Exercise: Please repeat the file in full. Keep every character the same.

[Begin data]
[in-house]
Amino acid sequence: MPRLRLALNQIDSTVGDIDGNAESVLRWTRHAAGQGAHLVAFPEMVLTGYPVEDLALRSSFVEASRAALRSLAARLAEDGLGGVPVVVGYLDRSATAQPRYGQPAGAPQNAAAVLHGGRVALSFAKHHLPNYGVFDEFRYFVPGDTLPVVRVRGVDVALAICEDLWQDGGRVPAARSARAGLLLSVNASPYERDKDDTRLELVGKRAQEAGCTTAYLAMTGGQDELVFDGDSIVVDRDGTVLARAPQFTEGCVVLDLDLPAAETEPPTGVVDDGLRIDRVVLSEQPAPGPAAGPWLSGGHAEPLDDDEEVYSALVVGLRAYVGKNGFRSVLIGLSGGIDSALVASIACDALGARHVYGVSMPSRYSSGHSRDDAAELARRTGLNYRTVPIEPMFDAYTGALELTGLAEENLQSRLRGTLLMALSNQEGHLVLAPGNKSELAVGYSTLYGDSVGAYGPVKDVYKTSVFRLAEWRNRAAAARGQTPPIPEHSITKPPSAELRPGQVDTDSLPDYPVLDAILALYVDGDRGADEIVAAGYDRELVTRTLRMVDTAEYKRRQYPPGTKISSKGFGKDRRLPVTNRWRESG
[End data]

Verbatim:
[in-house]
Amino acid sequence: MPRLRLALNQIDSTVGDIDGNAESVLRWTRHAAGQGAHLVAFPEMVLTGYPVEDLALRSSFVEASRAALRSLAARLAEDGLGGVPVVVGYLDRSATAQPRYGQPAGAPQNAAAVLHGGRVALSFAKHHLPNYGVFDEFRYFVPGDTLPVVRVRGVDVALAICEDLWQDGGRVPAARSARAGLLLSVNASPYERDKDDTRLELVGKRAQEAGCTTAYLAMTGGQDELVFDGDSIVVDRDGTVLARAPQFTEGCVVLDLDLPAAETEPPTGVVDDGLRIDRVVLSEQPAPGPAAGPWLSGGHAEPLDDDEEVYSALVVGLRAYVGKNGFRSVLIGLSGGIDSALVASIACDALGARHVYGVSMPSRYSSGHSRDDAAELARRTGLNYRTVPIEPMFDAYTGALELTGLAEENLQSRLRGTLLMALSNQEGHLVLAPGNKSELAVGYSTLYGDSVGAYGPVKDVYKTSVFRLAEWRNRAAAARGQTPPIPEHSITKPPSAELRPGQVDTDSLPDYPVLDAILALYVDGDRGADEIVAAGYDRELVTRTLRMVDTAEYKRRQYPPGTKISSKGFGKDRRLPVTNRWRESG